Bookshelf speakers come in a rainbow of flavors to cater to a wide array of listeners. Some of my personal favorites, like KEF’s LS50 II (8/10, WIRED Recommends) and Focal’s Vestia No. 1 ($1,198), provide a smooth and lyrical sound profile that seems to effortlessly expose detail and definition across the frequency range.
Bowers & Wilkins’ 600 series speakers go the other way. The new 606 S3, the third iteration of the company’s renowned stand-mount model, provide a forward and zippy sound profile that bursts forth with unabashed exuberance. With a new titanium dome tweeter and some upgrades to their cabinet design, the speakers match that play with impressively refined definition, vivisecting the subtleties of your music within a clear and spacious soundstage.
The S3’s sound signature won’t be for everyone. Their upper register can border on sharpness with some content, wearing a bit on my ears over long listening sessions. But their warm and musical bass helps to round out an otherwise loaded soundscape that can be a lot of fun—as long as you don’t mind some extra zing in your jams.
The 606 S3 look fabulous, especially in their light oak veneers with matte white panels. They also come in more basic white and black configurations, but the grain in the oak version really stands out in a good way.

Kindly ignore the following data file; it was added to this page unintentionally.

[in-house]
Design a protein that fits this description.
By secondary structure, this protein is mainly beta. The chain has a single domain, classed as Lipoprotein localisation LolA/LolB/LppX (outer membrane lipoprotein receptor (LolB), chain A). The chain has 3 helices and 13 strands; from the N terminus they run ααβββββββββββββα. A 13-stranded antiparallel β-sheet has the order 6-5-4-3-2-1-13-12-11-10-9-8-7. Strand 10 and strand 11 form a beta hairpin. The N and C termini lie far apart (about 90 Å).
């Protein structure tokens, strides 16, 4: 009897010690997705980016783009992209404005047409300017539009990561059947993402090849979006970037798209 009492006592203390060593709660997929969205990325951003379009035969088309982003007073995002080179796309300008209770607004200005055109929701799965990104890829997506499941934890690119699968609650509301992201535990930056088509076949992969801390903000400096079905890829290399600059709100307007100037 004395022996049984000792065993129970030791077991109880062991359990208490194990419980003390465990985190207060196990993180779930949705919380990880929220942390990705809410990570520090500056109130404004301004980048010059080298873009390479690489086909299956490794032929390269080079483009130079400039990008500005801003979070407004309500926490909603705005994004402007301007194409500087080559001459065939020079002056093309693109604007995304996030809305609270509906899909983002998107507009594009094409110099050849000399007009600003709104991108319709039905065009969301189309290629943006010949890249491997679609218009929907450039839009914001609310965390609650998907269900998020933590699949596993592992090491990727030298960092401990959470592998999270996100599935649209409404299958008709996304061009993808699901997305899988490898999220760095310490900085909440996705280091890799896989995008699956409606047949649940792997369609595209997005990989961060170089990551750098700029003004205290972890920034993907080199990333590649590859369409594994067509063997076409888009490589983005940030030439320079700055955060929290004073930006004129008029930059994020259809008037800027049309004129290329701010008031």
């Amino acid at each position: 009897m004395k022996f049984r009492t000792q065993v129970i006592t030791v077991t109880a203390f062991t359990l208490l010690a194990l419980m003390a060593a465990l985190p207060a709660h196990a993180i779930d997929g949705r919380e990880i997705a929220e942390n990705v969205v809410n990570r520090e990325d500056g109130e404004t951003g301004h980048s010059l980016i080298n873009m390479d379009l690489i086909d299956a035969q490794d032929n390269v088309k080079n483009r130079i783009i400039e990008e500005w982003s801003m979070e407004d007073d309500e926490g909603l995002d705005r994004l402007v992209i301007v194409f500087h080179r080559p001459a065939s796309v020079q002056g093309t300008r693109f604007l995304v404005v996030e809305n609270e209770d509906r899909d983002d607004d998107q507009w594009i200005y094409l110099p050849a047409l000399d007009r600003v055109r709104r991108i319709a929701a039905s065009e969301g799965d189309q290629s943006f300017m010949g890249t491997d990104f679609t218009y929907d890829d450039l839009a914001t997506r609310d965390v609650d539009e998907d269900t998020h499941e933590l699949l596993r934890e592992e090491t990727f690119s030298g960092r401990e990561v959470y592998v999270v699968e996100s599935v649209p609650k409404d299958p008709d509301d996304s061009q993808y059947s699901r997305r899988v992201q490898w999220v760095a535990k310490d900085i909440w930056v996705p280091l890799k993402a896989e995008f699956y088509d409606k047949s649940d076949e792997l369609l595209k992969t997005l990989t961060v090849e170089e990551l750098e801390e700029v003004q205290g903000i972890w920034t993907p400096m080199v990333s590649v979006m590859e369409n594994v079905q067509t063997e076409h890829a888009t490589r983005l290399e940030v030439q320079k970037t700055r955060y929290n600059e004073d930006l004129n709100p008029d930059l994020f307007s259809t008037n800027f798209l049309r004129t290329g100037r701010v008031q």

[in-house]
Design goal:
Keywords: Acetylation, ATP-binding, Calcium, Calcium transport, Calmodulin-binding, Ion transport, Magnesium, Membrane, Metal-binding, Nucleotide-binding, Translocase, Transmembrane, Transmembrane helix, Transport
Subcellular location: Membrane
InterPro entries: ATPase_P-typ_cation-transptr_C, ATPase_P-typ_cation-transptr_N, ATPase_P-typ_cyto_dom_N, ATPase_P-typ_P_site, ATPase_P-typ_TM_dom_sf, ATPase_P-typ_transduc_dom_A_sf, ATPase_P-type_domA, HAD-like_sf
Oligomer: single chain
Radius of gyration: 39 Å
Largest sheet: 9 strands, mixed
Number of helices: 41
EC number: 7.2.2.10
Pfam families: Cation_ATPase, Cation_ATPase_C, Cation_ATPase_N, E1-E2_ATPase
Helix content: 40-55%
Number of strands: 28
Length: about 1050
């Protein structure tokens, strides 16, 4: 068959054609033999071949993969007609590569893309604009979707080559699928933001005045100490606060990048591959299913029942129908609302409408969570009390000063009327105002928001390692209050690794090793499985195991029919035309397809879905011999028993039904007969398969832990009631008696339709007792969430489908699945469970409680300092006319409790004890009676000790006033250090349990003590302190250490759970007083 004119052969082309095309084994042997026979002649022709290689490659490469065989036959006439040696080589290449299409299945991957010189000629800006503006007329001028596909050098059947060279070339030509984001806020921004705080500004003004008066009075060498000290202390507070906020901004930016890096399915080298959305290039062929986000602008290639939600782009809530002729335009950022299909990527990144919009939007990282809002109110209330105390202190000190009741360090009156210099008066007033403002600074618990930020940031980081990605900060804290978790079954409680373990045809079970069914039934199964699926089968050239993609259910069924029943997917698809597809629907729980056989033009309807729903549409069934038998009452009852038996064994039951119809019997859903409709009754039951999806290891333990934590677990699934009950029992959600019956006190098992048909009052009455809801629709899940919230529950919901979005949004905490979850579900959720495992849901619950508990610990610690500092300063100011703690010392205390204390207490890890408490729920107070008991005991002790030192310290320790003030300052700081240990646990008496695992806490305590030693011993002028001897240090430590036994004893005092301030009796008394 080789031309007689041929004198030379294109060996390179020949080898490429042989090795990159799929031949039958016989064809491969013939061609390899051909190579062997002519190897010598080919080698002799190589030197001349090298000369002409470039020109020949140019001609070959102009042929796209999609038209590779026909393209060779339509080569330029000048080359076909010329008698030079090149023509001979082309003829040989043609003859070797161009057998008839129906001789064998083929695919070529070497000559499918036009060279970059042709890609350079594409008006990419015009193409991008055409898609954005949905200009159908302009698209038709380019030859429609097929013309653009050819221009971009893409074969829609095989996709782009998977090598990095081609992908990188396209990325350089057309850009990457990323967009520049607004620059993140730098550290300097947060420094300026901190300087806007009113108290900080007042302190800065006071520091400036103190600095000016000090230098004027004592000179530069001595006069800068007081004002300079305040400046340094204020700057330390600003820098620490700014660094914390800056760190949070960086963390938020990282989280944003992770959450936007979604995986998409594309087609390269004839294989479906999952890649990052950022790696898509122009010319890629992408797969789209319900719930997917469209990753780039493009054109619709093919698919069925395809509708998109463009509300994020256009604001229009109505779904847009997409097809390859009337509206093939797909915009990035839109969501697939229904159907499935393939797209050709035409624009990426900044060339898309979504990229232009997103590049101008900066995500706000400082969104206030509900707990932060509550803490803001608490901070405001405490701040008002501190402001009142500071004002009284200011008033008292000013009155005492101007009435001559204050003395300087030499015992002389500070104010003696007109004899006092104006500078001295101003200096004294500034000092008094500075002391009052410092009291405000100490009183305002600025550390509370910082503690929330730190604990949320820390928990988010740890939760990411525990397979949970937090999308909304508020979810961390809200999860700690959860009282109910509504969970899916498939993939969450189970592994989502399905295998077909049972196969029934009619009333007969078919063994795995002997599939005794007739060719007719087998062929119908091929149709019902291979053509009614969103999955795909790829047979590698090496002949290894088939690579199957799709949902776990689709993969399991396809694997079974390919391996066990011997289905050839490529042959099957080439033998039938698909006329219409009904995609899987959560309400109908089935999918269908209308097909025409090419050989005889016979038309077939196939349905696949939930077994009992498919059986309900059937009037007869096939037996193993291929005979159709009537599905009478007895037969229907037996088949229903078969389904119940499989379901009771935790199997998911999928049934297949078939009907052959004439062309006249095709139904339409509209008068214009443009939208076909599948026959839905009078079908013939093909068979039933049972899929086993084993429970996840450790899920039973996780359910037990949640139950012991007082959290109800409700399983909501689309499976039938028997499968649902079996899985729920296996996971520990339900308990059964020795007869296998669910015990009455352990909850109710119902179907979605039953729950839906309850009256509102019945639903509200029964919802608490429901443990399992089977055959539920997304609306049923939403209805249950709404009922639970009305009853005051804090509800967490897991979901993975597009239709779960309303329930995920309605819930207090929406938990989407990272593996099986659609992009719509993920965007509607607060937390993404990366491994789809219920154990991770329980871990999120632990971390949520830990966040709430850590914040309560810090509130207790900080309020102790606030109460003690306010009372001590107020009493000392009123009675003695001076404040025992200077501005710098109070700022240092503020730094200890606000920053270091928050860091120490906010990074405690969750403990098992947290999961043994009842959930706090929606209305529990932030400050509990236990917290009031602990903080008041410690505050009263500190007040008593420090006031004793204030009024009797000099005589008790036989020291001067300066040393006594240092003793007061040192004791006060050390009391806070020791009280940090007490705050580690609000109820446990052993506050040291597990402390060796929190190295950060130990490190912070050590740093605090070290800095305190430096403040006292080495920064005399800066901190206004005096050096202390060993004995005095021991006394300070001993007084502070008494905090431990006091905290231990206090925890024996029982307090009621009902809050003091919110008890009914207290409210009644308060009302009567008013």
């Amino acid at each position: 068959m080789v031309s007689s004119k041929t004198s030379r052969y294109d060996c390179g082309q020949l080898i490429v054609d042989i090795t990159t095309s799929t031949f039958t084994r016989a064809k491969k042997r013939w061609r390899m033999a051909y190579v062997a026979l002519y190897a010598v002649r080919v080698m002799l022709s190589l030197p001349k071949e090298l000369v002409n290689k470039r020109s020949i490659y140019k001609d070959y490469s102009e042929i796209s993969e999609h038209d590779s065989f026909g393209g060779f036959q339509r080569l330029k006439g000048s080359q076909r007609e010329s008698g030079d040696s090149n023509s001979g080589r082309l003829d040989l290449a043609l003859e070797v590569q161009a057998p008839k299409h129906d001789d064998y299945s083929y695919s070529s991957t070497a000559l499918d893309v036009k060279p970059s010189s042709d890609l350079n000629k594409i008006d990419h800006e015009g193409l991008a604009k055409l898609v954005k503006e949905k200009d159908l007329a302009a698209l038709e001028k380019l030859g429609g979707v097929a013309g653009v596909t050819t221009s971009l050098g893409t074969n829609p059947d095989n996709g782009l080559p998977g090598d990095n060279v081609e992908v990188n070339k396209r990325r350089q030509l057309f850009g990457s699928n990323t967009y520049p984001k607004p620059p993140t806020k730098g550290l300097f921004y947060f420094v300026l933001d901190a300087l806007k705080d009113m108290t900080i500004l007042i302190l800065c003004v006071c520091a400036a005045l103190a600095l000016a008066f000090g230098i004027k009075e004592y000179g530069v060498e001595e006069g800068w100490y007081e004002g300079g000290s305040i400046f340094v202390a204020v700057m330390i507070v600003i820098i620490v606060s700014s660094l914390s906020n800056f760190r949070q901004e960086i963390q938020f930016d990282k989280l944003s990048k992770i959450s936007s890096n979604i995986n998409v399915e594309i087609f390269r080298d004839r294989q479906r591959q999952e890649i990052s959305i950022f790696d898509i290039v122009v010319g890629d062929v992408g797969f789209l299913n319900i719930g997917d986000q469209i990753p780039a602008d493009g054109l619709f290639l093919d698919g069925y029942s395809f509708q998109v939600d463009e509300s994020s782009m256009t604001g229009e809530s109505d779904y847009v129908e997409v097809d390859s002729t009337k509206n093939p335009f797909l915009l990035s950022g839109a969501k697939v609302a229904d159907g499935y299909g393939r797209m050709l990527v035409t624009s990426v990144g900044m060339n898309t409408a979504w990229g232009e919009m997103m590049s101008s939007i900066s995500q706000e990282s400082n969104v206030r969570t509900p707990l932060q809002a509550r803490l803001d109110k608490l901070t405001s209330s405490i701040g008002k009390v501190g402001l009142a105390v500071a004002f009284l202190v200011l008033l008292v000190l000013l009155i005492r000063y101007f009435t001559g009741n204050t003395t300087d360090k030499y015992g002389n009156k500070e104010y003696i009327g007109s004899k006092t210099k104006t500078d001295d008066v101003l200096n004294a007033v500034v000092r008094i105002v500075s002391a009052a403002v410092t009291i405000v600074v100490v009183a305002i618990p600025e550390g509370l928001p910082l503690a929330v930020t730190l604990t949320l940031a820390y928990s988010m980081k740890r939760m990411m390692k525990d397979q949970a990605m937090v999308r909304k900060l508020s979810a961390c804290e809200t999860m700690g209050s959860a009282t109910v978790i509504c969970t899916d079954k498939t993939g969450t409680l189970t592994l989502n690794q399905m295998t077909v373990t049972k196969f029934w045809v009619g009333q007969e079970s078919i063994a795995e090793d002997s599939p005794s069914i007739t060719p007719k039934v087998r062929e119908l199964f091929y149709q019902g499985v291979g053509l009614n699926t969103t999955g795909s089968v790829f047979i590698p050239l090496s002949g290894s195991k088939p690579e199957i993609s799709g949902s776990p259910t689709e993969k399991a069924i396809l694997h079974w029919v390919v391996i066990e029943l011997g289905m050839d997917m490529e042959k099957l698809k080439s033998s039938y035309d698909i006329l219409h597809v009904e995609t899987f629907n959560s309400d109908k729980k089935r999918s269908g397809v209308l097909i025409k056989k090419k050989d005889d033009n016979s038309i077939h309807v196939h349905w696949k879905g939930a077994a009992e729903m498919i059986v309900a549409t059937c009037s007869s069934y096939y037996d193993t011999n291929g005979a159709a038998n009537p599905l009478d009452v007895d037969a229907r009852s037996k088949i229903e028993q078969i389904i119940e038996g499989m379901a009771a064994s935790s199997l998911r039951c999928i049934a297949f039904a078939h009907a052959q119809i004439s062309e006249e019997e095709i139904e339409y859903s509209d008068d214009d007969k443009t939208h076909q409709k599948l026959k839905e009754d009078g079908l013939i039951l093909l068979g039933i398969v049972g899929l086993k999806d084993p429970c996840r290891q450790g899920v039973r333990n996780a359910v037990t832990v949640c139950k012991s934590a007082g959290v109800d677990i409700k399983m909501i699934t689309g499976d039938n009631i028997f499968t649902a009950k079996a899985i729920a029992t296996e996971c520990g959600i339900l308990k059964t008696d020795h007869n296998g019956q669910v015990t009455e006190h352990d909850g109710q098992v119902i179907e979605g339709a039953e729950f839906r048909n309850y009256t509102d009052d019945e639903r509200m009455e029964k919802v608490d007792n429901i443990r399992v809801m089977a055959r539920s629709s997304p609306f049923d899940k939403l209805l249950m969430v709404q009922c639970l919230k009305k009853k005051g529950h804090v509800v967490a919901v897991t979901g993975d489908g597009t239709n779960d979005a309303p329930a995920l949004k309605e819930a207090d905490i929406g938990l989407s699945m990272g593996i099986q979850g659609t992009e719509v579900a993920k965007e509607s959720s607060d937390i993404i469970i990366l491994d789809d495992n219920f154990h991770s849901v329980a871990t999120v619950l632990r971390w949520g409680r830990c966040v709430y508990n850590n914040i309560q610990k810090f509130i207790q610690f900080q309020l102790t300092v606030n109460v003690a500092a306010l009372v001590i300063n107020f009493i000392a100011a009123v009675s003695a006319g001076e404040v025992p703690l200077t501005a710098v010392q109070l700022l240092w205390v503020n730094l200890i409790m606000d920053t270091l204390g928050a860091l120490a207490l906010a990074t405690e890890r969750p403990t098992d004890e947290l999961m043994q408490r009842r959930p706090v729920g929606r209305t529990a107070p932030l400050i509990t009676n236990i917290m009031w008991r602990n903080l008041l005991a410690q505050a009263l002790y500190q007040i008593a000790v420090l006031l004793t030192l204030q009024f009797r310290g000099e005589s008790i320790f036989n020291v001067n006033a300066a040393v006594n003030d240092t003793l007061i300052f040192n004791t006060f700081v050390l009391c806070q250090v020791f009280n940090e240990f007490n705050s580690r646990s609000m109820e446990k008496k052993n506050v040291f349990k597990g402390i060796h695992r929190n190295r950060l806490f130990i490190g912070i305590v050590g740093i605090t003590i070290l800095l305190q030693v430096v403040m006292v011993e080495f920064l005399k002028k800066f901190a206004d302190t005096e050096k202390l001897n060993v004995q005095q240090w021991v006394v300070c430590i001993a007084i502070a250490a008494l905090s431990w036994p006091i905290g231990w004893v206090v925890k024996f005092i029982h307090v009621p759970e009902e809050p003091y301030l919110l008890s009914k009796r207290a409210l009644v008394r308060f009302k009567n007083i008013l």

One point of note for setup is that the cabinets are quite deep, running back about 12 inches without the grilles. That’s a lot of room for internal spacing, and it helps the speakers dig up some serious authority in the lower registers, but it could also make placement more difficult. The company says the new cabinets offer improved internal bracing alongside changes to the woofer motor design to reduce distortion.
New titanium dome tweeters replace the aluminum tweeters found in the 606 S2 model. They’ve also been moved down to sit closer to the 6.5-inch Continuum woofers when compared to the S2, now dipping into the lower cone’s surrounding trim ring. B&W claims this enhances stereo imaging and general frequency fluidity. It also looks pretty stylish; if you’re like me, you’ll end up keeping the included grilles in the box to show these babies off. The design improvements come with an increased cost of $100 per pair over the S2.
At the back of each speaker, you’ll find new dual binding posts for bi-amping if your amplifier supports it, which the manual says can refine low-end detail. I only connected the single posts for this review, using a Naim Uniti Atom (8/10, WIRED Recommends) network amplifier for most of my listening. I also tested the speakers with Technics’ new SU-GX70 digital amplifier, but the Naim proved to be the better complement.
It took me longer than usual to get a feel for the 606 S3. These speakers come in like a lightning bolt, with a bright and peppery punch in the upper midrange that can sometimes be overbearing. But there’s satin behind their steel, rendering rich refinement in the layout of instruments across registers. Over time, they revealed a penchant for smooth musicality in the bass and lower mids, cavernous detail, and a fair share of sweet gloss in the treble as well.